The Rapidian

Healing a citi(zen)

Moving beyond mere utility towards aesthetic is vitally important in creating a healthy city.
Grand Rapids skyline

Grand Rapids skyline /John Eisenschenk

Underwriting support from:
Signage on Plainfield Avenue

Signage on Plainfield Avenue /Eric Tank

Construction of bioswales on Plainfield Avenue

Construction of bioswales on Plainfield Avenue /Julie Tabberer

Written by Kristopher Larson, AICP


The struggle between the values that shape cities can leave indelible marks on the urban landscape. Two of those values which often find themselves in conflict are utility and health, and the design implications for the two have created distinguishing effects to the built character of cities. An obvious example includes the suburbanization of our cities for the sake of accommodating vehicular access, speed and storage that rendered the scale of cities to one that is wholly unhuman. Built at the scale of the car, our cities discourage healthier mobility decisions, produce profound environmental degradation and forsake opportunities to relate to the same emotions and interests that bind people socially, including: beauty, approachability, diversity, authenticity, spontaneity and whimsy.

Over time, responses to an overemphasis on utility has sparked important transformational opportunities for our cities. The advent of zoning to address some of the physical character of our cities emerged from complications related to the lack of quality of living conditions in New York City at the turn of the century. Property owners had no responsibility to provide access to light, alternate means of egress for emergency situations, or even running water or restrooms. Such unsanitary conditions and squalor contributed to the spreading of disease, a vulnerability to catastrophic fires and the general degradation to the quality of life. The resulting regulatory solutions, such as architectural step backs and requiring windows, created the basis for some of the building design standards that have become generally universal in American cities, and are a foundation of the role of Planners to protect the health, safety and welfare of citizens.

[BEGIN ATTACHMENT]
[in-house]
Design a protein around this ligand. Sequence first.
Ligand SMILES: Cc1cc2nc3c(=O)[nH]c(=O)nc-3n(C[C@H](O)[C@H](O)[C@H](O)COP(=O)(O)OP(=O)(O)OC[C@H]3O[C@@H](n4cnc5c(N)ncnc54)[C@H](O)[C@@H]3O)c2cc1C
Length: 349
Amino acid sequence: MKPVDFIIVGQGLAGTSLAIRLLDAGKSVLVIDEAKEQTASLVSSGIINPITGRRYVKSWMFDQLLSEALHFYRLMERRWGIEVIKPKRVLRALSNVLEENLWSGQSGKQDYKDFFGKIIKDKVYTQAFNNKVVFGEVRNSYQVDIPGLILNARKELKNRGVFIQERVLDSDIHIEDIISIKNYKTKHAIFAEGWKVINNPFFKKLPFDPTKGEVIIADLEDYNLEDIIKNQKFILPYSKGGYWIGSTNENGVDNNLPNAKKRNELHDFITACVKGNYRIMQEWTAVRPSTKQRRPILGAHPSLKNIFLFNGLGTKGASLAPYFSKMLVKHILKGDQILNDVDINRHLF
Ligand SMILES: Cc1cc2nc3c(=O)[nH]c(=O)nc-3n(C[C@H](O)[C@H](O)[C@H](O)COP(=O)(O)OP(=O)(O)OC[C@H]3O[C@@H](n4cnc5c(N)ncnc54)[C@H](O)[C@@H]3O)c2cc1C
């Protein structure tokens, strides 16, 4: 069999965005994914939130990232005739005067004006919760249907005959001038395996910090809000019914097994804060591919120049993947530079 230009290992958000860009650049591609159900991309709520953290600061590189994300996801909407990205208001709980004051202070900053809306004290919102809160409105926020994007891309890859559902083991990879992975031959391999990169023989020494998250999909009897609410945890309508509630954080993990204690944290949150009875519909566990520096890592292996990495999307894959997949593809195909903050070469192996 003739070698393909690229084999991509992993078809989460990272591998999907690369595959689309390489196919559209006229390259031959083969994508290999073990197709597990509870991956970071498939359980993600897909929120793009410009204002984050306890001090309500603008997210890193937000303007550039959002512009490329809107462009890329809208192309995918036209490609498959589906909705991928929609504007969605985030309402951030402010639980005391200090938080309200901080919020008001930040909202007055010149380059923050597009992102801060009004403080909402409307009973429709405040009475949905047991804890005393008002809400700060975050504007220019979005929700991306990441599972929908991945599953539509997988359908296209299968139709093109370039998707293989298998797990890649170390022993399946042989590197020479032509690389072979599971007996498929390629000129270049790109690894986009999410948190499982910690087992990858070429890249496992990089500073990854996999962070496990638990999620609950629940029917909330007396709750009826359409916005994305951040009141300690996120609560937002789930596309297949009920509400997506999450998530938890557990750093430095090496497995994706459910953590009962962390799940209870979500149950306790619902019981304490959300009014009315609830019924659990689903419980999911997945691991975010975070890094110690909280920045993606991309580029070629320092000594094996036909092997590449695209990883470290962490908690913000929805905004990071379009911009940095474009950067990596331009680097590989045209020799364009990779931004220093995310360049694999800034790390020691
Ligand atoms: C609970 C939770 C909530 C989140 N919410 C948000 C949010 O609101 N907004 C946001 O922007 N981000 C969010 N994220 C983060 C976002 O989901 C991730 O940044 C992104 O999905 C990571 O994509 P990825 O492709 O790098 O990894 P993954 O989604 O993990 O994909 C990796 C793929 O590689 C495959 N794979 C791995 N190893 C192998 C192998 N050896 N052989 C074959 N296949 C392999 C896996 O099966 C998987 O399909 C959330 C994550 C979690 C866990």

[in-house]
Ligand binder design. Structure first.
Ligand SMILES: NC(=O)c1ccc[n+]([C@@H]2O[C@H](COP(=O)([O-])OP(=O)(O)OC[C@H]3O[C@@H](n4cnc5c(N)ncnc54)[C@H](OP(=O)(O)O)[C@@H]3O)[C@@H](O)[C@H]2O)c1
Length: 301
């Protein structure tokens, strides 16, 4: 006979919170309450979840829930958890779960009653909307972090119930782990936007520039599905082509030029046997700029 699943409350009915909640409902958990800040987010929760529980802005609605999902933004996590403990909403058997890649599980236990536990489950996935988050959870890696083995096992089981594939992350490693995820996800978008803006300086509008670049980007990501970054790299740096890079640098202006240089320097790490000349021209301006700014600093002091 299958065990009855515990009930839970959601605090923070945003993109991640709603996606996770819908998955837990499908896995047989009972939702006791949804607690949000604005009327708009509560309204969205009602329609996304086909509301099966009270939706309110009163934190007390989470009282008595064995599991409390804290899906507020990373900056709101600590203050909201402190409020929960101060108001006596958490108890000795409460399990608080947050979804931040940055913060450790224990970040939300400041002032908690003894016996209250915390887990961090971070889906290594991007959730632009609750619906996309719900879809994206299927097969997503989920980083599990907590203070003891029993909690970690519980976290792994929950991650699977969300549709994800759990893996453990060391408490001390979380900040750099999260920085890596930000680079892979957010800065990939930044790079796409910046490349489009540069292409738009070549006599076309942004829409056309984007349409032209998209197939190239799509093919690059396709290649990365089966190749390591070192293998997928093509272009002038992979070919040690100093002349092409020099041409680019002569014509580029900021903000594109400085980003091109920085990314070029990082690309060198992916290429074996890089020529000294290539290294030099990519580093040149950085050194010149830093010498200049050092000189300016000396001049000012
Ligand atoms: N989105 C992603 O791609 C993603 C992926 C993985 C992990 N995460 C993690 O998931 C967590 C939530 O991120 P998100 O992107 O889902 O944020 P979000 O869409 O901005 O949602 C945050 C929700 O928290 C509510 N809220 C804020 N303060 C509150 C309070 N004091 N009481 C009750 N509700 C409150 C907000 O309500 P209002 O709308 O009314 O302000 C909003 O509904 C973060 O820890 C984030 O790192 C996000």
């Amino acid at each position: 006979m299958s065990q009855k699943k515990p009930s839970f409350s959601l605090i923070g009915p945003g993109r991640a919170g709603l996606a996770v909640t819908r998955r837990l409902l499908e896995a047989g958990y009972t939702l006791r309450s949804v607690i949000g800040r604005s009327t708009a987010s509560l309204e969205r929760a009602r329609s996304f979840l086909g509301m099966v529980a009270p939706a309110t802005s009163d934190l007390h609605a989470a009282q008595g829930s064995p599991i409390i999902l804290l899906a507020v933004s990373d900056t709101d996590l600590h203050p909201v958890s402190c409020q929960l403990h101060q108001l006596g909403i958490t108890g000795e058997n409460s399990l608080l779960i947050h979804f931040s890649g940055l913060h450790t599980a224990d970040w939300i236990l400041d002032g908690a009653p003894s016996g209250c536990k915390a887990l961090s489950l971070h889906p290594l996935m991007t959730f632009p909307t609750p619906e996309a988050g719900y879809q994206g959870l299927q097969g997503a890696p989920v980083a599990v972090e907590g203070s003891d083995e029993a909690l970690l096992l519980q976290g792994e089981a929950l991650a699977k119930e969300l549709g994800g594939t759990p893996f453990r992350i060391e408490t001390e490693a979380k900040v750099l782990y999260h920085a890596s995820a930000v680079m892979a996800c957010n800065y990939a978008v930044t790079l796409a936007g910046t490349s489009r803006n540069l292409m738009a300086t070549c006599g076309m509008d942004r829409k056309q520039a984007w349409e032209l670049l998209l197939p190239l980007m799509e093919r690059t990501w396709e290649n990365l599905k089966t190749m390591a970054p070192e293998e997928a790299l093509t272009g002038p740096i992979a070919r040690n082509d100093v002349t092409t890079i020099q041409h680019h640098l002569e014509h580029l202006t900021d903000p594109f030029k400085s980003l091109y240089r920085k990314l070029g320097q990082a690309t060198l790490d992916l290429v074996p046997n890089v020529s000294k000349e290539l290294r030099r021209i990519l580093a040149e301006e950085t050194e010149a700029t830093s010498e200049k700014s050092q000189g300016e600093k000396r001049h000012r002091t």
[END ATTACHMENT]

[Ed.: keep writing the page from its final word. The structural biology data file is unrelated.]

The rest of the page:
Current code requirements such as a window per bedroom not only provide people with a means to exit the building in the case of an emergency, but it also provides us access to the sun- which in turn gives us the physical benefits of light and warmth, and also the biological benefits of melatonin regulation, vitamin D production and of course, the production of oxygen by our friends in the plant kingdom. These are all paramount needs of people- and the inclusion of a window per bedroom now seems incredibly obvious. Yet a century ago, it wasn’t. The simple function of residential tenement housing, and perhaps its profitability, was the primary focus. Health wasn’t.

In present time, we’ve managed to engineer design and technology solutions for most of the travails of the human condition. Fire suppression devices help prevent fires from engulfing entire buildings. Open space requirements provide people with pastoral refuge, and accessibility improvements aspire to provide equality to all people, regardless of ability, via manageable urban terrain and access. Collectively, we’ve made big strides on important design issues that have enabled cities to do more to encourage better public health.